Monday, May 17, 2010

Roaming the city by guess and by God - Robert Arlt and Mad Toy

At the age of fourteen I was initiated into the thrilling literature of outlaws and bandits by an old Andalusian cobbler whose shoe repair shop stood next to a green-and-white-fronted hardware store in the entryway of an ancient house on Rivadavia Street between the corners of South America and Bolivia. (21)

The first sentence of Roberto Arlt’s Mad Toy (1926) tells the reader what he’s in for.  It’s got literature, it’s got bandits from serialized adventure novels,, it’s got an immigrant and his work.  Right away, it plunges you right into Buenos Aires – the colors of the stores, the ironically-deployed street names.

And it’s not just the first sentence, but the first paragraph. Mad Toy is like a punchy newspaper column.  Like a serialized novel in four short chapters.

Arlt was a contemporary and pal of Borges.  They were the young lions, tearing up Argentinean literature, disrespecting their elders and betters, running wild in Buenos Aires.  Sounds like fun.  Arlt unfortunately died young, though, age 42.

Mad Toy is an energetic mess, which fits its brilliant, restless teenaged hero.  He wants to be, and could be, a famous thief, or an inventor, or a writer.  He hops from job to job, like Lazarillo de Tormes.  The used book store in the second chapter is particularly hellish (warm thoughts to actual used book store owner Colleen), all abuse and drudgery, completely unrelated to the books that drew him to the job.

The novel bounces from episode to episode and style to style, just as the hero roams the city.  Charles Baudelaire, the great flaneur, is one of the book's presiding spirits.  Here we have an acte gratuit:

Behind those doors was money. The shop owners would be sleeping peacefully in their luxurious bedrooms, and there I was like a dog, roaming the city by guess and by God.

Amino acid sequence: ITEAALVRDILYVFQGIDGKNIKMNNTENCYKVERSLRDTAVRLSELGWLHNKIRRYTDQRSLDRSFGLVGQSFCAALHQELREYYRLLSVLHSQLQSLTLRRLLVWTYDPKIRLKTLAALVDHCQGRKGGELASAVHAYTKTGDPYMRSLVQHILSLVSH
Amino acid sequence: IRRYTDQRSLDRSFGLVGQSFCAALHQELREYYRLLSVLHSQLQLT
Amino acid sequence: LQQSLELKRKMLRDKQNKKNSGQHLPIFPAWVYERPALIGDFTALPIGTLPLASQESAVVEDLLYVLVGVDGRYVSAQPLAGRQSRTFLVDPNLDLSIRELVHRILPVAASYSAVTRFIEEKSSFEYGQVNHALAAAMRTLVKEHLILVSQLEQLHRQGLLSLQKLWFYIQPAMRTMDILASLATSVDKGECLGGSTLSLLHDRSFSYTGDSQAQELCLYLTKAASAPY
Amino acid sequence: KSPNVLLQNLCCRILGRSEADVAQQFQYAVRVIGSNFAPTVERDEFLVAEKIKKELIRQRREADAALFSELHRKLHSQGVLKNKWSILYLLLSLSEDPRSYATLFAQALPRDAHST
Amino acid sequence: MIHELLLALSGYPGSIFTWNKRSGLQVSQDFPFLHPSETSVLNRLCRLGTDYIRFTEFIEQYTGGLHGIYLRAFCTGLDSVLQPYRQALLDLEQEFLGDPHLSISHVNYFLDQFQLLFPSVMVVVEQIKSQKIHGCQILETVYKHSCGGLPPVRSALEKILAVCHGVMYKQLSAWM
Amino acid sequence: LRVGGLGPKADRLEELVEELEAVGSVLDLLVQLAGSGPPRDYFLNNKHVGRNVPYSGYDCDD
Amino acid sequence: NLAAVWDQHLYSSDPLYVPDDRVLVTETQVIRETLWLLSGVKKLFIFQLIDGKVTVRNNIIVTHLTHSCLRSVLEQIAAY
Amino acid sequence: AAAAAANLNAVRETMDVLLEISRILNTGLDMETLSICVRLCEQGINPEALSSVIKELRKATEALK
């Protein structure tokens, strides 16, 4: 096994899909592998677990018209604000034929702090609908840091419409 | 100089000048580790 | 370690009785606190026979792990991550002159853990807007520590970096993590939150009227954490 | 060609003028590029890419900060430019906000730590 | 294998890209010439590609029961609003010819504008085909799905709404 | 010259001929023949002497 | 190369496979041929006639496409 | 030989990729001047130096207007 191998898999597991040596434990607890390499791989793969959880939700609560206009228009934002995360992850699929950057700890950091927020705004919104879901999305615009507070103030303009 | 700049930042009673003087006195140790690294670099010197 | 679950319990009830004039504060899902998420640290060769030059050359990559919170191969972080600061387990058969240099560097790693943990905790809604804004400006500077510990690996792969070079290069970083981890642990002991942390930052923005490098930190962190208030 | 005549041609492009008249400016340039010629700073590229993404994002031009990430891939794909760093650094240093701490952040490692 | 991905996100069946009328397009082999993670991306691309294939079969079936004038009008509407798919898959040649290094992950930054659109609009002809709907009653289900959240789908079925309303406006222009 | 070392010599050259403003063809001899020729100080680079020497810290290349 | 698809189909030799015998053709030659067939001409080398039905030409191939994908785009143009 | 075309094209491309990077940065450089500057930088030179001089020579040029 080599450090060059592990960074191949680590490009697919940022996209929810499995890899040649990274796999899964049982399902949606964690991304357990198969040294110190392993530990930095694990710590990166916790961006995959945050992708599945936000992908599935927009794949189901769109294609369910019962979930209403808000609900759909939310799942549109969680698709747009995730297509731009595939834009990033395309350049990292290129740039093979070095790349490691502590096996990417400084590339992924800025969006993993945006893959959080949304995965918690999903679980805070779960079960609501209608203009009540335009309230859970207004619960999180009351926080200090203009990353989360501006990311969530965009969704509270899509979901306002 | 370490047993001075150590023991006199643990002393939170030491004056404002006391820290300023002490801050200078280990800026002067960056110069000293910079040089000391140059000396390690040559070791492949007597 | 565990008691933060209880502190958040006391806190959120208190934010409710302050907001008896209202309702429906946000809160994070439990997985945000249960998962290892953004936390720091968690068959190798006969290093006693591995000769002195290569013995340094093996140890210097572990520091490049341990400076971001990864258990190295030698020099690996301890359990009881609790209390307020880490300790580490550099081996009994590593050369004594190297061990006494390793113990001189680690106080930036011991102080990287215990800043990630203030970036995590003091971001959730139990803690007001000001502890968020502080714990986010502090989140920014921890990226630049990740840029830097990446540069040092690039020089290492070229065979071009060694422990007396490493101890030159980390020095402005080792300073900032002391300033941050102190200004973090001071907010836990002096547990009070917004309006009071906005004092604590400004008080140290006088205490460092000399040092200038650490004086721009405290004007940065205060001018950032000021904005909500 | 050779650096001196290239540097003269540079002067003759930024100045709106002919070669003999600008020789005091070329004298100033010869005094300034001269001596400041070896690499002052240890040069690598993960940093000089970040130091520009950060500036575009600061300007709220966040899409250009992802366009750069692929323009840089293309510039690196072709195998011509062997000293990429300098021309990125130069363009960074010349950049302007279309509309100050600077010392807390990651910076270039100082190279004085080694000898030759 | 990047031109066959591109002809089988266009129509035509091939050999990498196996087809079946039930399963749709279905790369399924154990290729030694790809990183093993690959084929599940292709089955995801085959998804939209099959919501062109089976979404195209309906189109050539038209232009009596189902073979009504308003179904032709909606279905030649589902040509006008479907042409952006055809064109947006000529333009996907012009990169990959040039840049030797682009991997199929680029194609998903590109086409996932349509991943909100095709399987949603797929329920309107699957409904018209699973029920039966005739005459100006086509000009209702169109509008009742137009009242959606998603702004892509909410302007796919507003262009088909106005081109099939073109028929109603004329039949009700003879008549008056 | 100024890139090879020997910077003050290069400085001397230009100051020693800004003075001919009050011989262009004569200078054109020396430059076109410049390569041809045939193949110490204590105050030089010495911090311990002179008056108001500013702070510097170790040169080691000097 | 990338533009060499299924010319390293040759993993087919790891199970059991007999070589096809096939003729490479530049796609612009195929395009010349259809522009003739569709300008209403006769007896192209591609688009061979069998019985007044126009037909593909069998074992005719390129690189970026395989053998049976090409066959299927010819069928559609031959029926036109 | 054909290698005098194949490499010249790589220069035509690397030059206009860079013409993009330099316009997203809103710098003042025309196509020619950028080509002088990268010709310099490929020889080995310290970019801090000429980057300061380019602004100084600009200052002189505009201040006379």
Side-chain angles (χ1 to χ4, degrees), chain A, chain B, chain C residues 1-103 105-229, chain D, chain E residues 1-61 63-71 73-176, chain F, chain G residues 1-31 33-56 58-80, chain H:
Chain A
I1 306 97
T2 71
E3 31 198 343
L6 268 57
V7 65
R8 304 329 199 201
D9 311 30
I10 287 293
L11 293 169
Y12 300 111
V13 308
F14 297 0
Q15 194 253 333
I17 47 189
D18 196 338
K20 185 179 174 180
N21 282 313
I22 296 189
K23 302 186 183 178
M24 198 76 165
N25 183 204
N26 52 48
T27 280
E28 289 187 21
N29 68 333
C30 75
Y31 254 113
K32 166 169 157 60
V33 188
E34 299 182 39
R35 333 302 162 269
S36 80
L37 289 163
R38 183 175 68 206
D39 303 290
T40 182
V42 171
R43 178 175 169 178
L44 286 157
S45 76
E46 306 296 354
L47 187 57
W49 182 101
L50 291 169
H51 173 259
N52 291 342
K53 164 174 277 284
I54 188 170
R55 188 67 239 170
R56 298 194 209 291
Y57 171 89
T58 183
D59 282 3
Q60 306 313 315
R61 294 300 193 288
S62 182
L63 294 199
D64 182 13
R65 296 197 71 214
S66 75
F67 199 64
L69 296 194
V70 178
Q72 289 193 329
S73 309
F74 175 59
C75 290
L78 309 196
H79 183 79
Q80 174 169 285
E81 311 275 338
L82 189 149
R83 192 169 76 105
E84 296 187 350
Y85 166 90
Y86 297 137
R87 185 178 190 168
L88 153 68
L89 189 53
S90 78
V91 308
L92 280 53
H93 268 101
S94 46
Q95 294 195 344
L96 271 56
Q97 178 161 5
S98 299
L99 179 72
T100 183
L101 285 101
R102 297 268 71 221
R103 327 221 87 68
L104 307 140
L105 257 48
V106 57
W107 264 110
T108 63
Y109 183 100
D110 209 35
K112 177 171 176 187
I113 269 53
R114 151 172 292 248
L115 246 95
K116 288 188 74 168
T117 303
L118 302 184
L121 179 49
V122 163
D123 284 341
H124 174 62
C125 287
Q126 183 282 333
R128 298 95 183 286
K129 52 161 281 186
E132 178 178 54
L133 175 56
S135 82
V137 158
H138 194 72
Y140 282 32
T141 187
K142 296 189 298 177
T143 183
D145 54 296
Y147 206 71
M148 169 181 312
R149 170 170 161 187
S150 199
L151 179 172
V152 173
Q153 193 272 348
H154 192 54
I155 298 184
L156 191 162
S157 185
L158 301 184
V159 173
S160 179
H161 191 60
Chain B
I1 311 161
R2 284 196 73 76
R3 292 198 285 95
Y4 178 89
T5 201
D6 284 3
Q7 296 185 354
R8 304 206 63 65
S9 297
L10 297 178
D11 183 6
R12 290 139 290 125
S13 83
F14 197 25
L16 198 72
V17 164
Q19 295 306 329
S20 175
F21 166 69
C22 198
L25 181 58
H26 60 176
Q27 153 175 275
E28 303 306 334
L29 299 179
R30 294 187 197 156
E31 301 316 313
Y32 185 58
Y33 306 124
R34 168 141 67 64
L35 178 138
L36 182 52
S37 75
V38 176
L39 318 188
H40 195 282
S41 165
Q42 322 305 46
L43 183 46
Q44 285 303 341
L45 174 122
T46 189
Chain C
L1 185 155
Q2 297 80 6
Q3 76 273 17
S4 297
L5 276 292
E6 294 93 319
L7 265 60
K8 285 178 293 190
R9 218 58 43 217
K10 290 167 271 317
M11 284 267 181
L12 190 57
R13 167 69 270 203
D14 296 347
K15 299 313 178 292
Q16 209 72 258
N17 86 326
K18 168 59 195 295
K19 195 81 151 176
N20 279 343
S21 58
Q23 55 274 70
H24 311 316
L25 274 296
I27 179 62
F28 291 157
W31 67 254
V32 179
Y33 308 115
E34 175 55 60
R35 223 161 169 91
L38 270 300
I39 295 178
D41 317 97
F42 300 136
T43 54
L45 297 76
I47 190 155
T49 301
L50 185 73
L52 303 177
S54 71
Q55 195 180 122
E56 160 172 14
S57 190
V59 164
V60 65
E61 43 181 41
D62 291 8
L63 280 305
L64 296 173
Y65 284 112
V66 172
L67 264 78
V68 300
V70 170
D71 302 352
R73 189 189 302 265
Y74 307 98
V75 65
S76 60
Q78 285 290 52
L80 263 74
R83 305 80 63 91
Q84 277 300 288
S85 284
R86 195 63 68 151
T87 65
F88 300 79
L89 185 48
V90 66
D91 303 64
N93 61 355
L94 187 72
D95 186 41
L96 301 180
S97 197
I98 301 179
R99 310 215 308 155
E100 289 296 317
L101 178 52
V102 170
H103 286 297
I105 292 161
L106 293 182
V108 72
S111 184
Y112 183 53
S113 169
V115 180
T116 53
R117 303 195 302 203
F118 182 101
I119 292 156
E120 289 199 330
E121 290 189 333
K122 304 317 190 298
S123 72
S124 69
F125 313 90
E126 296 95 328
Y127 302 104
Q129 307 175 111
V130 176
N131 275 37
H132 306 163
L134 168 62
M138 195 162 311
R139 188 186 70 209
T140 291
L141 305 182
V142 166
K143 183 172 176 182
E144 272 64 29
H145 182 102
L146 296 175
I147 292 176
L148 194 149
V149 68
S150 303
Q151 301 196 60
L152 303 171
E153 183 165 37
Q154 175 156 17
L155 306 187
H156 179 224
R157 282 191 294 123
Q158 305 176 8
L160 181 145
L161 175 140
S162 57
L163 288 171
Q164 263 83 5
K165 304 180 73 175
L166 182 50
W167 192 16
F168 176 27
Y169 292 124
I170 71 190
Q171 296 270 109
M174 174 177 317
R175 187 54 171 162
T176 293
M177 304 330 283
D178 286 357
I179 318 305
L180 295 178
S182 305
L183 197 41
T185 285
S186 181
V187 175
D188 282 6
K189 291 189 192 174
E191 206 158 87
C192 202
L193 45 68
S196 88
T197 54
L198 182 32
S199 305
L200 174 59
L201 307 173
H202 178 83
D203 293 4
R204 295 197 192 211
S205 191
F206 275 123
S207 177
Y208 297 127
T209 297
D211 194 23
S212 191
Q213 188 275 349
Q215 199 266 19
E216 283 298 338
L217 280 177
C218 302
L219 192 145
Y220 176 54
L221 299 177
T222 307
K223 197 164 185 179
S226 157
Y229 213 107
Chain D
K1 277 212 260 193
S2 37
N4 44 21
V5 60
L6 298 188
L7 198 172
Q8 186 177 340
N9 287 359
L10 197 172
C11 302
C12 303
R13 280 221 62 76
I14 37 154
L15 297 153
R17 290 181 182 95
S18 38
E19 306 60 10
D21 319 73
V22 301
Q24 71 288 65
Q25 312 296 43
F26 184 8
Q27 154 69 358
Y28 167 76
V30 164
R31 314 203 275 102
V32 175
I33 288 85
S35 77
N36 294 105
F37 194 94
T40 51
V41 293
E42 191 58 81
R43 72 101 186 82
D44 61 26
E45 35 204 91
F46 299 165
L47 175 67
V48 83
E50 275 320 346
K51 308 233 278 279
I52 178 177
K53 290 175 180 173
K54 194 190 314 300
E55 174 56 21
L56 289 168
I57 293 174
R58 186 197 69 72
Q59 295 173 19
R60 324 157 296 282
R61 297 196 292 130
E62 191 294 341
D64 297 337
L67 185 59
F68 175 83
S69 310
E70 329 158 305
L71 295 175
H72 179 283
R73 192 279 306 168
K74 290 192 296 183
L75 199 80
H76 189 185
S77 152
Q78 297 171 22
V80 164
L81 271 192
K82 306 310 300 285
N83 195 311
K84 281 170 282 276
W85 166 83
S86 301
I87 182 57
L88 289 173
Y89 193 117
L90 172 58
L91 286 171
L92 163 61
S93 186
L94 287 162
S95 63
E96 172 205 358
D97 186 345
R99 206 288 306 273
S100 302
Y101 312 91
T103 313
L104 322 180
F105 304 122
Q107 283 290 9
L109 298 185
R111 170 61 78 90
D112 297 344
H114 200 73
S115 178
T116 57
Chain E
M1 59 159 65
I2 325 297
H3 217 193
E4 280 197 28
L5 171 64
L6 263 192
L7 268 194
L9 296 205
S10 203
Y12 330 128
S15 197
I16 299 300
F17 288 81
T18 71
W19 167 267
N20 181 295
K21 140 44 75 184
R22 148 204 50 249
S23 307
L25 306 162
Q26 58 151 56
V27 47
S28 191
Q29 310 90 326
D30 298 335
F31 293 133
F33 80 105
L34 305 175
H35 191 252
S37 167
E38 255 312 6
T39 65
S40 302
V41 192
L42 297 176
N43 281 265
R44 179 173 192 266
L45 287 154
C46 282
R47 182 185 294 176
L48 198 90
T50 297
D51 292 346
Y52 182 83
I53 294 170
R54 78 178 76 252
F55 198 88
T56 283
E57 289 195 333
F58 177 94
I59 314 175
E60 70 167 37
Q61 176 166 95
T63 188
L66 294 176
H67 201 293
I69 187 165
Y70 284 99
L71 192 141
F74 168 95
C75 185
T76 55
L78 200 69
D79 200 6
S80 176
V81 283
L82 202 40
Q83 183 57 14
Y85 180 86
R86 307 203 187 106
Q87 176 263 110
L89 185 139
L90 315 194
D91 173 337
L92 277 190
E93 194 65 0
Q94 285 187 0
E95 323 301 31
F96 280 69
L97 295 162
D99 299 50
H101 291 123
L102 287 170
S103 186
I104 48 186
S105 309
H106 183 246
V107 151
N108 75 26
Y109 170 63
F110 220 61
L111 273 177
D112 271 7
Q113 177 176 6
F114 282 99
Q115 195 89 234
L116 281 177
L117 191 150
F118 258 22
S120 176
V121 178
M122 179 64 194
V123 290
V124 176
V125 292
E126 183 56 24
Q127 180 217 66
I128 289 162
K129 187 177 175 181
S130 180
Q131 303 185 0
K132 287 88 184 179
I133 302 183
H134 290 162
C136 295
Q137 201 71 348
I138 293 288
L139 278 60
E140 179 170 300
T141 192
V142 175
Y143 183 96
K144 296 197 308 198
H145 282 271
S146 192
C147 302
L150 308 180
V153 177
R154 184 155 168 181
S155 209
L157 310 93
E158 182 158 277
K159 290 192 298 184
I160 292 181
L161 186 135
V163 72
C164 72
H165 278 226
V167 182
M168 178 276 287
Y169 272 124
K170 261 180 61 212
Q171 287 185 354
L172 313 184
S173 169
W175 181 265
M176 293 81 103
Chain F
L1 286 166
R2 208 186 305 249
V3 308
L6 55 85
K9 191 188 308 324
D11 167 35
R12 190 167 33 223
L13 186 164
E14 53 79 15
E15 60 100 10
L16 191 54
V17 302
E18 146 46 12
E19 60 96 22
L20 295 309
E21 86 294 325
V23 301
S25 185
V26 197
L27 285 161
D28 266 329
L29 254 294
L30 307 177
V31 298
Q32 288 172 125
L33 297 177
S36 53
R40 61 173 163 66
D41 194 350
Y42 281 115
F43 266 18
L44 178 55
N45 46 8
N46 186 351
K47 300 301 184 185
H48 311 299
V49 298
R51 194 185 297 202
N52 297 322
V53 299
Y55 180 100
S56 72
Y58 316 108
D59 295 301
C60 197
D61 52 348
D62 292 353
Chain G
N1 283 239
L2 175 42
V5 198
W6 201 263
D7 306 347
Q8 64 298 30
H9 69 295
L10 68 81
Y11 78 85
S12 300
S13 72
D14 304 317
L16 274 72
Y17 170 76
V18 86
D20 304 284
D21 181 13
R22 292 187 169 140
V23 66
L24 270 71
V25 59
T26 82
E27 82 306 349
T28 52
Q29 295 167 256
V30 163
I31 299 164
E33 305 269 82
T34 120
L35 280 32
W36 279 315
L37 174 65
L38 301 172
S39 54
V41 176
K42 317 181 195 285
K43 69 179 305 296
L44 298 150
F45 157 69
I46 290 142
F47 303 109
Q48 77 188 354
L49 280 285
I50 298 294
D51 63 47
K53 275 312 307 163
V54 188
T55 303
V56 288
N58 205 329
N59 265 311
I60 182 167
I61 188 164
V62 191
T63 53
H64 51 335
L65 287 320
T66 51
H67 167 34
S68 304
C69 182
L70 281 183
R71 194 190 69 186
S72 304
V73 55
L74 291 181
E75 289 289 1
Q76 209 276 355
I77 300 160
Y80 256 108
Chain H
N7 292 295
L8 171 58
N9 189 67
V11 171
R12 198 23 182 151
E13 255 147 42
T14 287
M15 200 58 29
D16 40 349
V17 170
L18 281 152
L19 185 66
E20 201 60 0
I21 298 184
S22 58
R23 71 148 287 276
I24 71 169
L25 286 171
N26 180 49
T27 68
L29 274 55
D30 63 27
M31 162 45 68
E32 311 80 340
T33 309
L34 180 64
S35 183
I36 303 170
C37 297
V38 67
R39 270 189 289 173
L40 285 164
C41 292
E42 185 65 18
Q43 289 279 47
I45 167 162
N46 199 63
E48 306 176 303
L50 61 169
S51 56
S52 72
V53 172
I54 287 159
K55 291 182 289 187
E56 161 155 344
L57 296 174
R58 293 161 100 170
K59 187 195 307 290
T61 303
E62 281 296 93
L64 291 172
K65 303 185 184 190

Trembling with hatred, I lit a cigarette and maliciously threw the burning match on a human mass that was curled up asleep in a doorway.  A small flame skimmed along the rags and tatters.  In a trice the wretch was upright, formless as darkness, and threatening me with his enormous fist.  I hit the road.

And then the next paragraph, after a break:

In a secondhand store on Ninth of July Avenue I bought a revolver and loaded it with five bullets, then caught a streetcar and headed for the docks. (110)

Is this a Cain or Hammett novel?  This is only one mode of Mad Toy, though.  The novel is a picaresque, a noir, a portrait of the young artist.  It’s hardly a tightly wound perfect work of art, but it’s good enough that I want to read the other Arlt novel that has wandered into English.

Translations by Michelle McKay Aynesworth, 2002, Duke University Press.


  1. I read the first 100 pages of Arlt's Los siete locos (The Seven Madmen) a while back, Amateur Reader, and was so blown away by its beginning that I actually stopped reading it so I could go back and read all Arlt's major novels in chronological order. Complete lunacy, I know! Having read El juguete rabioso (Mad Toy) in February, I'm now ready to get back to Los siete locos in June...and will be saving Los lanzallamas (The Flamethrowers) for later in the year if I can exercise any will power. Your post on Arlt today def. got my Arltian juices flowing all over again (nice job!), but the funny thing from a Lat Am literary history perspective is that the guy who was once strongly attacked by the Argentinean literati of his day for being "a bad writer" is now hailed by many as Borges' equal in terms of the influence he wielded on Argentinean (and by extension, Latin American) letters as a whole. Arlt's short stories and non-fiction writing are also worth a gander, of course. In the meantime, thanks for this post!

  2. Wow, those words are on fire! The energy just jumps out of them. Sounds amazing.

  3. Marieke stole my comment! Voiced my thoughts exactly....

  4. Brian, I was thinking of your Henry Miller posts when I was writing this. Arlt is sometimes going for a little of that "anti-novel" feel. And I should say that the whole book is not written like that passage. The style bobs and weaves.

    And Arlt is employing, like Richard, says, the sort of "bad writing" that we barely even notice now, filtered through several generations of avant gardists and detective stories and so on. We know how to read this stuff. If that makes any sense.

    I hope to get to The Seven Madmen soon, myself. That seems to be it for Arlt-in-English.